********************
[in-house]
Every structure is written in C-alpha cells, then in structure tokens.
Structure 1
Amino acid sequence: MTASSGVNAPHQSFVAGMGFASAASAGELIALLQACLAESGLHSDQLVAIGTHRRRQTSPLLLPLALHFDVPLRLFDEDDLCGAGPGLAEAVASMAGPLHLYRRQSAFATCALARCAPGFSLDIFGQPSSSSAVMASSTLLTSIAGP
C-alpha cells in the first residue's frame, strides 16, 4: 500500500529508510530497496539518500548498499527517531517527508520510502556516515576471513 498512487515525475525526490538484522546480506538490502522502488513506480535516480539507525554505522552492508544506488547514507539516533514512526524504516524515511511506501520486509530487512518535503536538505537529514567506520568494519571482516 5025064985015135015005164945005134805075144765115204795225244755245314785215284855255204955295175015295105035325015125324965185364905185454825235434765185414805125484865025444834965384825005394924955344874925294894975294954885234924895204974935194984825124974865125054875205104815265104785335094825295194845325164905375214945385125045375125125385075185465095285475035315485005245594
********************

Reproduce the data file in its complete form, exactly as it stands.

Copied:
[in-house]
Every structure is written in C-alpha cells, then in structure tokens.
Structure 1
Amino acid sequence: MTASSGVNAPHQSFVAGMGFASAASAGELIALLQACLAESGLHSDQLVAIGTHRRRQTSPLLLPLALHFDVPLRLFDEDDLCGAGPGLAEAVASMAGPLHLYRRQSAFATCALARCAPGFSLDIFGQPSSSSAVMASSTLLTSIAGP
C-alpha cells in the first residue's frame, strides 16, 4: 500500500529508510530497496539518500548498499527517531517527508520510502556516515576471513 498512487515525475525526490538484522546480506538490502522502488513506480535516480539507525554505522552492508544506488547514507539516533514512526524504516524515511511506501520486509530487512518535503536538505537529514567506520568494519571482516 5025064985015135015005164945005134805075144765115204795225244755245314785215284855255204955295175015295105035325015125324965185364905185454825235434765185414805125484865025444834965384825005394924955344874925294894975294954885234924895204974935194984825124974865125054875205104815265104785335094825295194845325164905375214945385125045375125125385075185465095285475035315485005245594